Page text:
‘Chase your dreams’ John McLean tells MSC Country Cup heroes The Goannas
Story: Bill Poulos
FORMER Moree super-coach John McLean has encouraged players from Moree Secondary College’s hugely successful rugby league program to “chase their dreams” after the school’s under-13s outfit scored an against-all-odds win in the Country Cup State Final at Dubbo earlier this month.
And McLean should know what he’s talking about – he guided Moree High School’s open-weight rugby league team to a history-defining win in the University Shield grand-final 42 years ago.
The MSC Goannas, under the guidance of coaches Jason Auld and Anthony Robinson, as well as support staff Michael Davison, Peter Duncan and Stephen Lott, put together a series of wins that was eerily reminiscent of the heady days of junior league in Moree during the 1970s.
The Goannas won three from three at Narrabri to kick-start the season before beating Farrar, Oxley and Peel in the regional finals at Tamworth.
Wins against Orara, Kingscliff and St Edwards in the semi-finals at Coffs Harbour were then crowned with a narrow 32-28 grand-final win against Wagga’s Kildare Catholic College.
McLean, now retired at Warners Bay with his wife Jan, said the Goannas’ extraordinary effort and their coaching staff are “to be commended”.
“In 1973 the Moree High team ‘played the game’ – the school motto back then – and we always felt we had nothing to lose by doing our best and doing our town proud,” McLean said.
“My advice to this young team, for what it may be worth, is to continue doing what they are already doing so well.”
McLean, speaking from New Zealand where his granddaughter Cassidy – the daughter of 1973 Moree Uni Shield team mascot, Martin McLean – is representing Australia in basketball, said town backing is an important element of any team’s success.
“I sincerely wish the Goannas all the very best for the future and the most important thing they need to recognise is that raw talent is not enough – teamwork and team support from their town will realise their dreams,” he said.
New South Wales Country Rugby League chief executive officer Terry Quinn, who captained Moree’s 1973 Uni Shield-winning team, agrees with his old coach.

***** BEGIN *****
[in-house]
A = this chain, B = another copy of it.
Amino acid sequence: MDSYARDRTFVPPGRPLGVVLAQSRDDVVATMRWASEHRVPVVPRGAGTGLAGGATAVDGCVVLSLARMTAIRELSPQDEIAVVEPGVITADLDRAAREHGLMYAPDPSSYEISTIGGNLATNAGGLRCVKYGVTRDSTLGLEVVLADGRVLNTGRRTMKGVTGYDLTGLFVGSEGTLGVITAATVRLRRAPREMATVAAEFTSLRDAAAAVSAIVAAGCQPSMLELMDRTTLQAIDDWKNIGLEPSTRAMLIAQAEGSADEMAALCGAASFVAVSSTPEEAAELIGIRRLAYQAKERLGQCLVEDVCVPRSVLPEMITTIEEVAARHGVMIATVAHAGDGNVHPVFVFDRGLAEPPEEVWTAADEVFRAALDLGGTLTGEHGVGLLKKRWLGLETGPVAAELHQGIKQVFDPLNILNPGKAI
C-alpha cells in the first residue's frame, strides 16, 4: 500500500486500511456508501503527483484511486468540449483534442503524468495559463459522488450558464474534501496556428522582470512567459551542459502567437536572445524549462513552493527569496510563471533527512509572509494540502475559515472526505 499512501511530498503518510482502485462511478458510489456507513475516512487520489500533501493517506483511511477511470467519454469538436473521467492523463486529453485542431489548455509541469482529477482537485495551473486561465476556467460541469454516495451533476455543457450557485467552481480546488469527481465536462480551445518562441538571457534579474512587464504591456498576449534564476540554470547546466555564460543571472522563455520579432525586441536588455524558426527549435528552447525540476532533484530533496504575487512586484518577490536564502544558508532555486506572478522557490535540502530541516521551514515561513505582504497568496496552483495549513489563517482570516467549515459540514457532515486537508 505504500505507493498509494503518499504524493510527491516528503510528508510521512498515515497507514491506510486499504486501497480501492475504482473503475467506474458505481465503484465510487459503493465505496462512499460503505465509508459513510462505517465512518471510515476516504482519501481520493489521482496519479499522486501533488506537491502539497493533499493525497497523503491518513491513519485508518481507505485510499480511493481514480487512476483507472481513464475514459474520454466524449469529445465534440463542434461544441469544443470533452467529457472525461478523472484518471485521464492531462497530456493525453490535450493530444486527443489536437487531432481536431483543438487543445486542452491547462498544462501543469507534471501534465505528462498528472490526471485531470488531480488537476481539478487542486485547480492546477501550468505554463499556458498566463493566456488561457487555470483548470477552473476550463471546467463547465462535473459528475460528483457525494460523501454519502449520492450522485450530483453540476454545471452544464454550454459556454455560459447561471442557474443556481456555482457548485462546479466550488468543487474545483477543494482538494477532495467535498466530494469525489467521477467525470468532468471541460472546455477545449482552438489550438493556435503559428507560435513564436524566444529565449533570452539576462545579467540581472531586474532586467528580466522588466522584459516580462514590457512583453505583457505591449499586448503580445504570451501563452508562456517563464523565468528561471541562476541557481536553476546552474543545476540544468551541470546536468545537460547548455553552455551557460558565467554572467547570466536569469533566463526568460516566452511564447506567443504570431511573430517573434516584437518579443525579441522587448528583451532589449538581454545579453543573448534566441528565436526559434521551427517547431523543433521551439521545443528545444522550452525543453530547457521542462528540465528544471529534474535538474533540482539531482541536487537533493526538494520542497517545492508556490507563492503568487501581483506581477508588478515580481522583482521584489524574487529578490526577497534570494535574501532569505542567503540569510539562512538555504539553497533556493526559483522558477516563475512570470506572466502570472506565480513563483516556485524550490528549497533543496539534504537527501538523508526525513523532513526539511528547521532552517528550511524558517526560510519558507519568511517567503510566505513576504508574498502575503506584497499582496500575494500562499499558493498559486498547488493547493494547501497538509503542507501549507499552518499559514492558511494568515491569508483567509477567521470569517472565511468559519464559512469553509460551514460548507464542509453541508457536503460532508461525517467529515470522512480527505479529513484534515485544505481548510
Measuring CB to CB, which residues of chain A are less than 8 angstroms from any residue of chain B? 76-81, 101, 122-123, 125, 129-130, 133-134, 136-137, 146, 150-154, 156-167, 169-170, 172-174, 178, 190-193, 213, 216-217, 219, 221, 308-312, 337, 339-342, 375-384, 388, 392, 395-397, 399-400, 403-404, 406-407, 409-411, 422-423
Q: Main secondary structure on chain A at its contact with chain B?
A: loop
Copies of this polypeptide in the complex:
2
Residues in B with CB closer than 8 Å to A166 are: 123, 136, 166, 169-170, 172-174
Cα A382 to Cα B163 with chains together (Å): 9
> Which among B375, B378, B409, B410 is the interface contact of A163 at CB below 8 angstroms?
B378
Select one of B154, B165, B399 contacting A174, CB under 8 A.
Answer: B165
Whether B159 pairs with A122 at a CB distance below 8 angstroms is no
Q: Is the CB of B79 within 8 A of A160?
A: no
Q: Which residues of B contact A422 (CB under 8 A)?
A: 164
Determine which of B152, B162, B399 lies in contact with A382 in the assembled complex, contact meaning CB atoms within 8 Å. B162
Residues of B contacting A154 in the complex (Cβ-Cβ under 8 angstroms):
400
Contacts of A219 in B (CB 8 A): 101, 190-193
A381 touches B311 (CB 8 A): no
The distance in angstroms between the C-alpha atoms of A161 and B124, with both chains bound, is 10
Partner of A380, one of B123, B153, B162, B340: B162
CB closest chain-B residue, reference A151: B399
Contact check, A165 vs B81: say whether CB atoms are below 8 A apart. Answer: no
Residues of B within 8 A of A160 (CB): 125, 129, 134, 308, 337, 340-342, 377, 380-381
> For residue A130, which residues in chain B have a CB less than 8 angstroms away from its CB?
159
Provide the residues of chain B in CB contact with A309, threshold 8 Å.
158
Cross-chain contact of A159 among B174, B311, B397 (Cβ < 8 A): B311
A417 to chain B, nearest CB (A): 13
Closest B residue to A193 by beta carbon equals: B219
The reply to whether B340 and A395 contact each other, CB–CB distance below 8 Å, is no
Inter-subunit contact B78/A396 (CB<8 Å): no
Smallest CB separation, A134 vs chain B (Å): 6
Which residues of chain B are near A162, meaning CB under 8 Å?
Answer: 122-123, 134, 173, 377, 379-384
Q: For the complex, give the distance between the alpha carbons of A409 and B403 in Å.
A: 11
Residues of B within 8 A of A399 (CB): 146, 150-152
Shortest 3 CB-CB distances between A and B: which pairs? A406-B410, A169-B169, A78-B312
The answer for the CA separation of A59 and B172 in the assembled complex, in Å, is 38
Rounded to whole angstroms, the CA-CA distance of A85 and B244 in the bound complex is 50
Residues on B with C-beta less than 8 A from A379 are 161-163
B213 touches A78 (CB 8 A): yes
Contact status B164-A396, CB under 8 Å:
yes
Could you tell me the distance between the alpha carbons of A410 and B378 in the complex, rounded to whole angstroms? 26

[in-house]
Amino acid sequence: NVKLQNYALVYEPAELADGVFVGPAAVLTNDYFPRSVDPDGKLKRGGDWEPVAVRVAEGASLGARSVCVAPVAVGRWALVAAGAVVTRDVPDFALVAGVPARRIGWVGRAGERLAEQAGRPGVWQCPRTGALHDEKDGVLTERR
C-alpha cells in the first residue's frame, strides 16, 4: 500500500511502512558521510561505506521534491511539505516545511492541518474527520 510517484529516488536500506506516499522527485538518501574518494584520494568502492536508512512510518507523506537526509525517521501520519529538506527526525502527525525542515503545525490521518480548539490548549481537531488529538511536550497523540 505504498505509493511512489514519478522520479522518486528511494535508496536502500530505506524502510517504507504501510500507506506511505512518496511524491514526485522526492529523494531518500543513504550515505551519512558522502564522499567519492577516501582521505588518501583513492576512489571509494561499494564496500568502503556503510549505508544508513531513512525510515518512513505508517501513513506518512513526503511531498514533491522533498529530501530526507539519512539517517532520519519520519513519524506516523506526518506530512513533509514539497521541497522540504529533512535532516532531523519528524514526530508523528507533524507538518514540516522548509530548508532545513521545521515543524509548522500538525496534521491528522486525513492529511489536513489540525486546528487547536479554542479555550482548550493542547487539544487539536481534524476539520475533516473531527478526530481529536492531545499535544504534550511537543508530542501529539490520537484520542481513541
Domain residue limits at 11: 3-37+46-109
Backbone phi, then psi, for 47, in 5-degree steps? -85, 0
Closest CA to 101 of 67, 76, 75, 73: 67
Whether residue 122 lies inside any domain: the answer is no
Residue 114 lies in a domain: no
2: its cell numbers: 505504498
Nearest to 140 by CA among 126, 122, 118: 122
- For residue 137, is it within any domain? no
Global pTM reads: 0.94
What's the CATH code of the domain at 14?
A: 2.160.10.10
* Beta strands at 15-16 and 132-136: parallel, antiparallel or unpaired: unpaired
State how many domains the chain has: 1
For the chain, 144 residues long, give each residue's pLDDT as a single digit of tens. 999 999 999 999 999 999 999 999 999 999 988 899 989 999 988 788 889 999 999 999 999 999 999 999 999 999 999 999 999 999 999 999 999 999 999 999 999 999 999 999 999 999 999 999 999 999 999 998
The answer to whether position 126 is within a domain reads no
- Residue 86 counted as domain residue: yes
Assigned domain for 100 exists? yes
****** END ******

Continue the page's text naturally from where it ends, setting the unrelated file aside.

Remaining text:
Quinn, who played first-grade league with Penrith Panthers for five years as well as CRL club Lakes United, watched from the sidelines at Dubbo before presenting the trophy to his old school.
“The game was quite exciting, given that they won in golden-point,” Quinn said.
“The boys played very well. They got behind for a while but stuck to their guns and put their heads down and came back.
“And that’s what they’ve got to do when it gets a bit tough – just keep pushing forward, keep their heads down, and keep playing the game,” he said.
Coach and league program director Jason Auld says a 2018 University Shield campaign is very much on the table.
“We’ve worked together as a team to win the state title, and I’ve told the boys that if we keep doing it we can win the Buckley Shield next year,” Auld said.
“If we can keep them together as a squad, and probably add a little bit more as we go along, when they’re 16 and 17 years of age we reckon we can at least make the quarter-finals in the University Shield.
“Already, three of our forwards are being ‘tracked’ by NRL clubs to see how they develop and where they will be when they’re 15- and 16-year-olds,” he said.
The team’s success is a direct result of the school’s inspirational program, designed to instil confidence, increase school attendance and improve classroom behaviour and learning skills.
“We’ve had the program at the school for the last couple of years but this year we made a really concentrated effort to focus on attendance – getting the boys to school every day and getting them to training every week,” Auld said.
“It helps the kids to develop their confidence through playing footy and it also gives them more confidence in the classroom.
“They are now putting their hands up and asking questions and getting work done; they’re taking opportunities instead of standing back,” he said.
And the results are there, with the attendance rate for kids involved in the program now sitting at around 85 percent.
“That’s what we’re trying to do – get the kids to come to school and get them to get their attitudes right. Winning the state final just shows what can happen when they show up for school and show up for training,” Auld said.
The Goannas are now the best country rugby league side in NSW for their age group, winning a competition that had more than 100 schools entered.
“This is a big thing for the school – it’s huge,” Auld said.
“It’s a massive achievement for the boys, and it’s really good to show the community what we are doing with our league program,” he said.
Auld is now very much part of the Moree Secondary College campus, and he plans to stick around for quite a few more years to help take the school’s junior league ranks as far as they dare to venture.
“I want to see this through so the boys can develop as footballers over the next few years and see just how far we can take it,” he said.
“We certainly have the talent to do something big, and a lot of the schools that we’ve played against so far, especially at Coffs Harbour, are very good footballing schools – the types of schools that will challenge us at University Shield level in a few years’ time.
“But to get a win over them this season shows that it’s possible for us to be very competitive against them at that level,” he said.
Words Copyright Bill Poulos 2015